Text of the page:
Transcriptomes of Frankia sp. strain CcI3 in growth transitions
1 Department of Molecular and Cell Biology, U-3125, University of Connecticut, Storrs, CT, USA
2 Bovine Functional Genomics Laboratory, USDA-ARS, Building 200, Room 124B, BARC-East, Beltsville, MD, 20705, USA
BMC Microbiology 2011, 11:192 doi:10.1186/1471-2180-11-192Published: 25 August 2011
Frankia sp. strains are actinobacteria that form N2-fixing root nodules on angiosperms. Several reference genome sequences are available enabling transcriptome studies in Frankia sp. Genomes from Frankia sp. strains differ markedly in size, a consequence proposed to be associated with a high number of indigenous transposases, more than 200 of which are found in Frankia sp. strain CcI3 used in this study. Because Frankia exhibits a high degree of cell heterogeneity as a consequence of its mycelial growth pattern, its transcriptome is likely to be quite sensitive to culture age. This study focuses on the behavior of the Frankia sp. strain CcI3 transcriptome as a function of nitrogen source and culture age.
To study global transcription in Frankia sp. CcI3 grown under different conditions, complete transcriptomes were determined using high throughput RNA deep sequencing. Samples varied by time (five days vs. three days) and by culture conditions (NH4+ added vs. N2 fixing). Assembly of millions of reads revealed more diversity of gene expression between five-day and three-day old cultures than between three day old cultures differing in nitrogen sources. Heat map analysis organized genes into groups that were expressed or repressed under the various conditions compared to median expression values. Twenty-one SNPs common to all three transcriptome samples were detected indicating culture heterogeneity in this slow-growing organism. Significantly higher expression of transposase ORFs was found in the five-day and N2-fixing cultures, suggesting that N starvation and culture aging provide conditions for on-going genome modification. Transposases have previously been proposed to participate in the creating the large number of gene duplication or deletion in host strains. Subsequent RT-qPCR experiments confirmed predicted elevated transposase expression levels indicated by the mRNA-seq data.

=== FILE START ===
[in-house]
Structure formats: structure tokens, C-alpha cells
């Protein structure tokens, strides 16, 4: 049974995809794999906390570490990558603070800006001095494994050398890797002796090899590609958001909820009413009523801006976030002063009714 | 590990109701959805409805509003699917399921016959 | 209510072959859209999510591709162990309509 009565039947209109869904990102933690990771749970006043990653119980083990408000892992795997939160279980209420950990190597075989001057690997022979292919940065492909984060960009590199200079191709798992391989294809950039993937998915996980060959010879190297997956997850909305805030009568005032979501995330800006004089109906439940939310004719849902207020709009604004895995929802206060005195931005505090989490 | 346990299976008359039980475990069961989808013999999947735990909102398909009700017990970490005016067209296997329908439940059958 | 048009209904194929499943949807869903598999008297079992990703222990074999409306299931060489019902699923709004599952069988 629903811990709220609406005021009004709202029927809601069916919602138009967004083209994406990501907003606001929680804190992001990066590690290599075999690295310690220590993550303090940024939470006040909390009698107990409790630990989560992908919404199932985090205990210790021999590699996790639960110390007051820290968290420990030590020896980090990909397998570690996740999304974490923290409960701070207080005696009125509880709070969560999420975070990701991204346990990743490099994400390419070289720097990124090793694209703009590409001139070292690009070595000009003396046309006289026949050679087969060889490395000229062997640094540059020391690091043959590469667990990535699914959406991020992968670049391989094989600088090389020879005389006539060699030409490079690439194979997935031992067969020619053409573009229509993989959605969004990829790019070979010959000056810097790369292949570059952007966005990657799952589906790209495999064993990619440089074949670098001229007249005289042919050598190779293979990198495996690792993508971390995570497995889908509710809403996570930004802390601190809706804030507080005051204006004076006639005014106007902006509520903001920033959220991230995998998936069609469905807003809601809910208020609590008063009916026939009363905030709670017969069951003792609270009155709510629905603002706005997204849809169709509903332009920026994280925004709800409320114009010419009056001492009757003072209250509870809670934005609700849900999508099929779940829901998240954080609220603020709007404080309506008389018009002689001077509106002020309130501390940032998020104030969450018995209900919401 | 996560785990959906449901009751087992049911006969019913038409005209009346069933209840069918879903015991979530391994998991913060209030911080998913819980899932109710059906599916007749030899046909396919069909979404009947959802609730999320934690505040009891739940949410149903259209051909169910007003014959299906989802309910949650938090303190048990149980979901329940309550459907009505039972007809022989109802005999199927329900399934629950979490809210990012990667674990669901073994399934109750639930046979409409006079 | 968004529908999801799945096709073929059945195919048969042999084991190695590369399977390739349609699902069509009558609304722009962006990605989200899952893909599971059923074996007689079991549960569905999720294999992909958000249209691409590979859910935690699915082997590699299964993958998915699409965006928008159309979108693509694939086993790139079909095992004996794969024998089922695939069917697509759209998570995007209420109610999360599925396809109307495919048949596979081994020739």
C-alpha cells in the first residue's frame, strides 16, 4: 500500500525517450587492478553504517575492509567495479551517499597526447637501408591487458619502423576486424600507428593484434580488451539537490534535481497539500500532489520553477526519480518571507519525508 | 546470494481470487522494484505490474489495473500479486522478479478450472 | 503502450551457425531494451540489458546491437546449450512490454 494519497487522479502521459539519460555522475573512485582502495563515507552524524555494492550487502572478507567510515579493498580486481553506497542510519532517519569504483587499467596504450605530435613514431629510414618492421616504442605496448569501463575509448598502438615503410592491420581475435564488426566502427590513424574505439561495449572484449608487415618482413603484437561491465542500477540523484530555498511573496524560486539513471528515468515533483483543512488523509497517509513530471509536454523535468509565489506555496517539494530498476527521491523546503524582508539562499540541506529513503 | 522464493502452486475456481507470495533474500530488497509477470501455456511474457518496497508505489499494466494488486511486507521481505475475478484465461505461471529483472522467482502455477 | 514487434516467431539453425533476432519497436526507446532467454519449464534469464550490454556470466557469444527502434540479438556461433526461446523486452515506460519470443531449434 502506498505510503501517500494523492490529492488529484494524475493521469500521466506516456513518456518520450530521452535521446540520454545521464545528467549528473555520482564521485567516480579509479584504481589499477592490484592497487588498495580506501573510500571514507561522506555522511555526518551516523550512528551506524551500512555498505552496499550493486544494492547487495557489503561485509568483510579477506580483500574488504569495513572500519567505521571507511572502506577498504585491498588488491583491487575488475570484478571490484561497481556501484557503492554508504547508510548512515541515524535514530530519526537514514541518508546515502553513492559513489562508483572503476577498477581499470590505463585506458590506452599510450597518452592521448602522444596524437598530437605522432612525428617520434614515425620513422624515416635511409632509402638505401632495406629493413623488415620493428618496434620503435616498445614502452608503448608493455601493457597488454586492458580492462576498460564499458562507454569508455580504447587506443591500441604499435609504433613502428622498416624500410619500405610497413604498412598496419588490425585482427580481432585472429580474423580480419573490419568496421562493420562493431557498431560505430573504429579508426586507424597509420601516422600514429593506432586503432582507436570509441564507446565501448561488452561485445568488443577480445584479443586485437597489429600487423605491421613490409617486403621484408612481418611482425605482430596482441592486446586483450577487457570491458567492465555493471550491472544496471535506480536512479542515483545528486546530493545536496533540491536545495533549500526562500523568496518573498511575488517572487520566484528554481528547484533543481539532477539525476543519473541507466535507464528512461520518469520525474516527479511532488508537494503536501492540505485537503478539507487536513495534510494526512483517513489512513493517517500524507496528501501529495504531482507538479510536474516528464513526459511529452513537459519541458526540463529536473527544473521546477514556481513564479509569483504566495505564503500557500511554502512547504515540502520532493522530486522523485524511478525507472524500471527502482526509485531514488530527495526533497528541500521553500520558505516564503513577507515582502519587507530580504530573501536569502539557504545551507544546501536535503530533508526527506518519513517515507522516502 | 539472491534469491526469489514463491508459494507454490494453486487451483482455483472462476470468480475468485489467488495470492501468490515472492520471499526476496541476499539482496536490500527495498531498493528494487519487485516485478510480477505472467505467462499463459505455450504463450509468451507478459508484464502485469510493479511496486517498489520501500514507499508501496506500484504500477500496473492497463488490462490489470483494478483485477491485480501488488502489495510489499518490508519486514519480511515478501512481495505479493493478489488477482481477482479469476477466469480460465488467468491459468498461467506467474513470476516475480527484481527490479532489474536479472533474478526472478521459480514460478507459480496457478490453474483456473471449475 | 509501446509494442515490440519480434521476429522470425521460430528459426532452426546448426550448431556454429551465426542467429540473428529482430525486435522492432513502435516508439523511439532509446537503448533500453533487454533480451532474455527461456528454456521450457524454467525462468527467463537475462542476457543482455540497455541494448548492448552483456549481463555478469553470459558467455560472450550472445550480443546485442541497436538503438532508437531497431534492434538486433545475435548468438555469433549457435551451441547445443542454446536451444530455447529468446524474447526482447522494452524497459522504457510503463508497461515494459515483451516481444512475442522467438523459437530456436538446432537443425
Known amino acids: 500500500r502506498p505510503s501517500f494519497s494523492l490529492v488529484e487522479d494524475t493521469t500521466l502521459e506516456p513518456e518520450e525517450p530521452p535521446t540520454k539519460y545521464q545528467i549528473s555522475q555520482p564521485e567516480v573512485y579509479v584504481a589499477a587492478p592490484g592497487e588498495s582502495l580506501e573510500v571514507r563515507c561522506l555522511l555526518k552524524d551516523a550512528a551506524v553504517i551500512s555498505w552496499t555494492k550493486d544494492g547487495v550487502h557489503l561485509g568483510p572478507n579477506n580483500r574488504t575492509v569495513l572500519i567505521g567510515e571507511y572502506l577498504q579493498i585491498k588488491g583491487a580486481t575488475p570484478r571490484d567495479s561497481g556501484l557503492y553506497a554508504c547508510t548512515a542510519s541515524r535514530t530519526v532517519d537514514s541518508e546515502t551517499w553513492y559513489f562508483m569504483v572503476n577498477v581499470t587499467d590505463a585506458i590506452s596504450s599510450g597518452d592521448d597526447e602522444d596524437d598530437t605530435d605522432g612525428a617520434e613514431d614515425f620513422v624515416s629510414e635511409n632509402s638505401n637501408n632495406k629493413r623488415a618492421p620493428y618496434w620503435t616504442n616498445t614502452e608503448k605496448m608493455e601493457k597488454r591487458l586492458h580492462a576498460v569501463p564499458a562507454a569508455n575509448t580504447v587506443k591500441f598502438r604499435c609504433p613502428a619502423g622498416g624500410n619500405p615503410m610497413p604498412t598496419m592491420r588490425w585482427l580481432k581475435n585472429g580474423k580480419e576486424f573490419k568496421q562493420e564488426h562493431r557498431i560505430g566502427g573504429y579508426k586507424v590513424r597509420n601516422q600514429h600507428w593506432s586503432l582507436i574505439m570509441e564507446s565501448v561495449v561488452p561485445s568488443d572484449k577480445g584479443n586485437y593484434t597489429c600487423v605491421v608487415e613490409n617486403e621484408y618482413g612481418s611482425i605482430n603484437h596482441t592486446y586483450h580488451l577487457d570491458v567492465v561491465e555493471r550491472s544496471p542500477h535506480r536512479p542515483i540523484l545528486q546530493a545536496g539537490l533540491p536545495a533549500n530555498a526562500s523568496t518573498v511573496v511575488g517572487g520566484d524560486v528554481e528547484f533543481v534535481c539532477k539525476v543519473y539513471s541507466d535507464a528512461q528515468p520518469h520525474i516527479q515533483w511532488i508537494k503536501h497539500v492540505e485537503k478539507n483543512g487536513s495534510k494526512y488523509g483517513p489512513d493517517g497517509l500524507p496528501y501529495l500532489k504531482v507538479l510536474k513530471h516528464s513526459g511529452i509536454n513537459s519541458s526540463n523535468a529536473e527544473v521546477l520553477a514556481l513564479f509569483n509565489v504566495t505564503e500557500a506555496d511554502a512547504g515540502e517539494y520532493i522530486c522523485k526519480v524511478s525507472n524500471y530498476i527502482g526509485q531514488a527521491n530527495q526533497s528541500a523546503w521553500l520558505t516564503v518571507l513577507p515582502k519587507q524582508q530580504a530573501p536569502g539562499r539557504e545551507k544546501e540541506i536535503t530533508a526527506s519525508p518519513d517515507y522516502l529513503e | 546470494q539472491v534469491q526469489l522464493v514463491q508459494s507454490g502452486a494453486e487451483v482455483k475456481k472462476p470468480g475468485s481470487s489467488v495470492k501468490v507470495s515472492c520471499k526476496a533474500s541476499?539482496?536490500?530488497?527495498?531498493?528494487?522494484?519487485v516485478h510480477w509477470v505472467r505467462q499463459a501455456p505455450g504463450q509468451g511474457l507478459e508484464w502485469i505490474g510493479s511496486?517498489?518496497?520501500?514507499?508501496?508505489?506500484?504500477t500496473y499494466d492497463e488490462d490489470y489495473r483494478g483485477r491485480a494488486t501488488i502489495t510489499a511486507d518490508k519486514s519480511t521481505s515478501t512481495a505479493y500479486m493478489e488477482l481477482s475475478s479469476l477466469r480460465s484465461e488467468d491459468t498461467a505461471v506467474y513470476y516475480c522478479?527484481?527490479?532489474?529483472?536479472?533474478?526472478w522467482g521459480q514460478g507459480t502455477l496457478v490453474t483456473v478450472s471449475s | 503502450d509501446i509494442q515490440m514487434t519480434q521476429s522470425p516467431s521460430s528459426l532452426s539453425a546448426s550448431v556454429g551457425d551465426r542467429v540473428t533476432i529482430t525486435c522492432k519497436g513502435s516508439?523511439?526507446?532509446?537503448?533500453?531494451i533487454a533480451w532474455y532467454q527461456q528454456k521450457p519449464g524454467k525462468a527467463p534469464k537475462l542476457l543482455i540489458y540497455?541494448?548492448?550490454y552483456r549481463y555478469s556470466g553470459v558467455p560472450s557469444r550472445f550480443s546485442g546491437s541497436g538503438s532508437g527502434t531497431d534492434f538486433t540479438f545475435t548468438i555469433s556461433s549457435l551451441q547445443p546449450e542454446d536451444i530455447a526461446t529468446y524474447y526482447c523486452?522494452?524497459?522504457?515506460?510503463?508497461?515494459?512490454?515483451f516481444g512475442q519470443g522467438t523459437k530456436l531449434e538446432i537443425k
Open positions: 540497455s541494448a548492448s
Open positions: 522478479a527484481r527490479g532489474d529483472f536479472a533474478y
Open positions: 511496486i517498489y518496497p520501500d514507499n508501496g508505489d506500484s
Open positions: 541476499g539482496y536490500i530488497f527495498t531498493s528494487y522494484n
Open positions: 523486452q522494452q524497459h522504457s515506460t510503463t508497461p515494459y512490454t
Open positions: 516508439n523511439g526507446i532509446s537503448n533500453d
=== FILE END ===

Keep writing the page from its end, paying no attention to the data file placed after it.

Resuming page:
The overall pattern of gene expression in aging cultures of CcI3 suggests significant cell heterogeneity even during normal growth on ammonia. The detection of abundant transcription of nif (nitrogen fixation) genes likely reflects the presence of anaerobic, N-depleted microsites in the growing mycelium of the culture, and the presence of significantly elevated transposase transcription during starvation indicates the continuing evolution of the Frankia sp. strain CcI3 genome, even in culture, especially under stressed conditions. These studies also sound a cautionary note when comparing the transcriptomes of Frankia grown in root nodules, where cell heterogeneity would be expected to be quite high.